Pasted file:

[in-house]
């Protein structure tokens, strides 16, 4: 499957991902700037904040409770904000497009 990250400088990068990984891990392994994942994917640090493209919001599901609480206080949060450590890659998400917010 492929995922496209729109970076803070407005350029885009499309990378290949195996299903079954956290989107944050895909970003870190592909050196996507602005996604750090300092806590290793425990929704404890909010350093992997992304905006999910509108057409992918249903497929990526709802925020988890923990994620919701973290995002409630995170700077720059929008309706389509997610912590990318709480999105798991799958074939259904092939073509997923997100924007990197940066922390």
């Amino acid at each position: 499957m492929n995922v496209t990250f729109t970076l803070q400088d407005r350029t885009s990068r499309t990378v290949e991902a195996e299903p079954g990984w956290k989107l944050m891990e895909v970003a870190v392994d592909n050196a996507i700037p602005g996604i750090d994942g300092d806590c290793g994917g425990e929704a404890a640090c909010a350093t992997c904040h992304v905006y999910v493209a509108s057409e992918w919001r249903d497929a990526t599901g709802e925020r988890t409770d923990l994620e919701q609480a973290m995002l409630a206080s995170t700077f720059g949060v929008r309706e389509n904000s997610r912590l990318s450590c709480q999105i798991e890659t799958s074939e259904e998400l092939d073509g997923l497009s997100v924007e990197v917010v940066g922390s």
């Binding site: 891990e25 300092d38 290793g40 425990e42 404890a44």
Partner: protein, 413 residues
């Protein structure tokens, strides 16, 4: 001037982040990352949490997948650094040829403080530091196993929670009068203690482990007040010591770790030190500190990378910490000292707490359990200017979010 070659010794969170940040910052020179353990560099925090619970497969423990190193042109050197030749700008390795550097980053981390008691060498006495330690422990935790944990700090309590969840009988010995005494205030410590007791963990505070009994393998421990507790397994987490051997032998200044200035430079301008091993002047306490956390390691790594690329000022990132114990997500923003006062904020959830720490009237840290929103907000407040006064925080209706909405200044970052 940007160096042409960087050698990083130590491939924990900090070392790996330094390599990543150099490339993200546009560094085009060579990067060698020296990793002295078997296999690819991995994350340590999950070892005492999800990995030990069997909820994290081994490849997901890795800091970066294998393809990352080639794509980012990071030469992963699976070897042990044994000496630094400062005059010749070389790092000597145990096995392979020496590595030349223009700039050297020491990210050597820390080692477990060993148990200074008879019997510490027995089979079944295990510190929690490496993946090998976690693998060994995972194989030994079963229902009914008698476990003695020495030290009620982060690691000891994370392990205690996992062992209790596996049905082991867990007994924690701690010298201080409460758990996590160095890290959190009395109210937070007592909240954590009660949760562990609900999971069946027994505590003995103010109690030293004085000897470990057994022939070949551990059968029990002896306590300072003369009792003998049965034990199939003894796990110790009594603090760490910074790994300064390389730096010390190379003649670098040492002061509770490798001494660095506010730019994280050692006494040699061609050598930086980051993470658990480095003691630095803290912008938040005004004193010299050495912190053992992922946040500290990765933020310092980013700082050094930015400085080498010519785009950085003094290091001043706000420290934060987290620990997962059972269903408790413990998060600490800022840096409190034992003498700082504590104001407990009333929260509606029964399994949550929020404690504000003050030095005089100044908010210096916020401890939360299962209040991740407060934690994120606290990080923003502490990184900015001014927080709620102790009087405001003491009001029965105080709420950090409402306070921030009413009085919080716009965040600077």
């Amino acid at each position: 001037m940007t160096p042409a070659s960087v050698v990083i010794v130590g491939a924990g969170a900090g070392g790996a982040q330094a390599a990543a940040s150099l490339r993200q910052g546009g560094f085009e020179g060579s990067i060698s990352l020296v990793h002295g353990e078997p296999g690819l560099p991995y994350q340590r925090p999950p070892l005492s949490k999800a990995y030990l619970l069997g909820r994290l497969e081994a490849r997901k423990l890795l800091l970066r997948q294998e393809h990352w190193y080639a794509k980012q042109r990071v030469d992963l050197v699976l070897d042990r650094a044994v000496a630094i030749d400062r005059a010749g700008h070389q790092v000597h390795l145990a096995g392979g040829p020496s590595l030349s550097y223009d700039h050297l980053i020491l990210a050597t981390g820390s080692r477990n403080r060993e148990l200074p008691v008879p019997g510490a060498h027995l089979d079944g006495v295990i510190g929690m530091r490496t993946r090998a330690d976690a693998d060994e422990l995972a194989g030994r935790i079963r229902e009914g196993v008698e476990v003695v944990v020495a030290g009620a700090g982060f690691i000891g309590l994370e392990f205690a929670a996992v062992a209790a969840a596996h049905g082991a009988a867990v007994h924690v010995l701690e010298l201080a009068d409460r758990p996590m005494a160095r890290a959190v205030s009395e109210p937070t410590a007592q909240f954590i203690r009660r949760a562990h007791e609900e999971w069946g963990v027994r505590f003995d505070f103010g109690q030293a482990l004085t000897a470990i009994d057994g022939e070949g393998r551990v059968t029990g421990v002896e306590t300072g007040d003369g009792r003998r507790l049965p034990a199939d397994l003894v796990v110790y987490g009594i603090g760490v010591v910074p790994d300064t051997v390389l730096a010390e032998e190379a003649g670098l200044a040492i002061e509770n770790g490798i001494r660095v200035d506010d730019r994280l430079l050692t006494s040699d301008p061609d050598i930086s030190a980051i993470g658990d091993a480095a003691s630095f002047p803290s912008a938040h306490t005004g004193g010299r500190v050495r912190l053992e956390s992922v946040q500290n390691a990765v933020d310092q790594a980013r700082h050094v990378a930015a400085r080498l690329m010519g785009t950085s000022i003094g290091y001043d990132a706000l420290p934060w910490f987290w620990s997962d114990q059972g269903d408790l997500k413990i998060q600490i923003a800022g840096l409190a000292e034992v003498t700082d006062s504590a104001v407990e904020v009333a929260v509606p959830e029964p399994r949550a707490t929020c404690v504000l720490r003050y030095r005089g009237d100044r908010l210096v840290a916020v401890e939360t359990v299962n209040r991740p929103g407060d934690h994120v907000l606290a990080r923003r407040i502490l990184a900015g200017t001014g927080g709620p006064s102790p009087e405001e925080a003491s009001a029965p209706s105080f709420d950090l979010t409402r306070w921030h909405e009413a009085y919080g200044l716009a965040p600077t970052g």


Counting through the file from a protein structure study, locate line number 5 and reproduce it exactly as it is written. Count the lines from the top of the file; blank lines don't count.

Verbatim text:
Partner: protein, 413 residues